King Abdullah of Saudi Arabia recently offered to host a meeting of Iraqi leaders in an attempt to end the political stalemate produced by the March 7 parliamentary elections.
However well-intentioned the Bush administration’s efforts to democratize Afghanistan and Iraq after occupying them may have been, the pre-existing ethnic and sectarian differences in these countries have proven to be serious obstacles to achieving this goal—particularly since democratization ups
Eight years and two general elections since reinventing itself as a constitutional monarchy, Bahrain’s ruling house of Khalifa has reversed progress on a once promising democratic reform agenda.
As in Iraq, the United States and its allies did achieve some important successes in Afghanistan. Not only was the Taliban regime driven from power after just a couple of months from the launch of the U.S.-led intervention in October 2001, but this was done with fewer than 3,000 U.S. troops.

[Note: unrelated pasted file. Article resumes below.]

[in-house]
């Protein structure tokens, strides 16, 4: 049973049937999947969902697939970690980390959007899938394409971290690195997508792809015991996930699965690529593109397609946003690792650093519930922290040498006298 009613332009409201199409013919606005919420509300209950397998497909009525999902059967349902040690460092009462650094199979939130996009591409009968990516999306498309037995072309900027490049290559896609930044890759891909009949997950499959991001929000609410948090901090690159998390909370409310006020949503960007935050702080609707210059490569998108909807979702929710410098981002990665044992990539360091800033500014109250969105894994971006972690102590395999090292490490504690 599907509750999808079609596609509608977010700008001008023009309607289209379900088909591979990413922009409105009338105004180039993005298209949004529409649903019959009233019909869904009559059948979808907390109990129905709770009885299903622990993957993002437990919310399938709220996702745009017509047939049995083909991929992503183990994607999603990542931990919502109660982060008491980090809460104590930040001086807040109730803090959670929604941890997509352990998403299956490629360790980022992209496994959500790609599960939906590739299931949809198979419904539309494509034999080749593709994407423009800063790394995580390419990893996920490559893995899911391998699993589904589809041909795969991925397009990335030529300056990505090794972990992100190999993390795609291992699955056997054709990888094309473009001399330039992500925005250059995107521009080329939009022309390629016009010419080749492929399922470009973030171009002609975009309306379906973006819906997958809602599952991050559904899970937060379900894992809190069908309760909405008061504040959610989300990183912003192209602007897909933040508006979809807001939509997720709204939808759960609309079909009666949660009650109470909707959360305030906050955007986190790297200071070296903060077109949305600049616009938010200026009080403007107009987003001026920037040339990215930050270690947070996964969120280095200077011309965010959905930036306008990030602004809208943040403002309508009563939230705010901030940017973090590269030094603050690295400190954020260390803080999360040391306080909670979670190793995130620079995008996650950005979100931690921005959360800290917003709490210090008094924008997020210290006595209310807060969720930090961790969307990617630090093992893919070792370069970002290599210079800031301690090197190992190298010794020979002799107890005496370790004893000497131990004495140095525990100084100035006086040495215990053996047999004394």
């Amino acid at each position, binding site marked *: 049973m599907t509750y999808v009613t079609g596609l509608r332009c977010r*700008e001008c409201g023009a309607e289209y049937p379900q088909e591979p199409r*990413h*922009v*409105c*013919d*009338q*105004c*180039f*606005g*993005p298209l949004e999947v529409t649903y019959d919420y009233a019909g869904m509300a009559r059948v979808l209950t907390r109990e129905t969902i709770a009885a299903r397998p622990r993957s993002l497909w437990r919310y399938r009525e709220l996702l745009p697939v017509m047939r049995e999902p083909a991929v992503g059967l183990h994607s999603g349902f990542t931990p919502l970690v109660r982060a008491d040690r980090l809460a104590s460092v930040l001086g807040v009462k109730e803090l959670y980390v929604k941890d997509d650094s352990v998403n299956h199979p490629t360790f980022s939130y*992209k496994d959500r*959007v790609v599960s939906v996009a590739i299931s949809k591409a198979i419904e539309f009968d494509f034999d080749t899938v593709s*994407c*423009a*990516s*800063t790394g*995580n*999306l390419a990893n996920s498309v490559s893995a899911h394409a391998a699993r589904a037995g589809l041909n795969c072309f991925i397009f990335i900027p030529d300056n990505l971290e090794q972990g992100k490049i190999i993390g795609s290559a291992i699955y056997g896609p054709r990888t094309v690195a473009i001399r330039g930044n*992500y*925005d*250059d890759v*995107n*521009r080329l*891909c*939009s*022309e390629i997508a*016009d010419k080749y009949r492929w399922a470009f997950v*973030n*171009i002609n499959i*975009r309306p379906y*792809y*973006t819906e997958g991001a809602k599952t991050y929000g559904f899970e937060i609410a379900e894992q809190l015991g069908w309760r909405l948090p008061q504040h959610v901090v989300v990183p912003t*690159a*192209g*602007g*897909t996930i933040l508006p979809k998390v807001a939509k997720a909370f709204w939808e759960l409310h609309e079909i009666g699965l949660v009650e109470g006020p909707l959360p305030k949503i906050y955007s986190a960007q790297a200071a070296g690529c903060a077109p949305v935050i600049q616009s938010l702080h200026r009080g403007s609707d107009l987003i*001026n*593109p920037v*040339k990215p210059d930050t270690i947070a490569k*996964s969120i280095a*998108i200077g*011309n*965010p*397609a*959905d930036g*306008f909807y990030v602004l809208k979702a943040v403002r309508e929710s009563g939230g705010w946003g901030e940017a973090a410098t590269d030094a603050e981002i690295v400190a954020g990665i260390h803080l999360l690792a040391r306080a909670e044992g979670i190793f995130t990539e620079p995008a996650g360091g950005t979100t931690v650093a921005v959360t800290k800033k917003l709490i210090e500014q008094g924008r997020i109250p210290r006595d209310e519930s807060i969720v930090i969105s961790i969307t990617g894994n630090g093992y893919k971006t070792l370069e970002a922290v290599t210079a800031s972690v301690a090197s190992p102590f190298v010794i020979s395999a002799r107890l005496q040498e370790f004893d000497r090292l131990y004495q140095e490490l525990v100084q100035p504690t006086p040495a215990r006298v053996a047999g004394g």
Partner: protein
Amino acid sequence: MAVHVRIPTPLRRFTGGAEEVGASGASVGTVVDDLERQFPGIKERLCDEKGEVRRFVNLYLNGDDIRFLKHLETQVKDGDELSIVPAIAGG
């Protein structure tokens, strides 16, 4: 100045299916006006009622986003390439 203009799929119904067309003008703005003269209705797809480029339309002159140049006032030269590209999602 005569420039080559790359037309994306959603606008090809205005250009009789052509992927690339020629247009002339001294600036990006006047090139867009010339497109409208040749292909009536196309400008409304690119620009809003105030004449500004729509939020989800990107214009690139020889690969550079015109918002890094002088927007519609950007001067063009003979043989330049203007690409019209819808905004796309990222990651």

Chas W. Freeman, Jr., esteemed iconoclast and president emeritus of the Middle East Policy Council, has just brought forth a volume of essays on U.S.
Middle East Policy Council executive director Thomas Mattair was recently interviewed by Al Jazeera on the topic of Iraq.
Note: This interview is conducted in Arabic.
Five years since the assassination of former Lebanese Prime Minister Rafiq Hariri, sectarian and political peace in Lebanon remains tenuous.
In this timely New York Times op-ed, Nicholas Krisof suggests that education is one of the best bulwarks against extremism in the Arab world.
Although the United States intervened in Iraq after it began its intervention in Afghanistan, it is withdrawing from Iraq first. Therefore, what the United States has and has not accomplished in Iraq will be discussed first.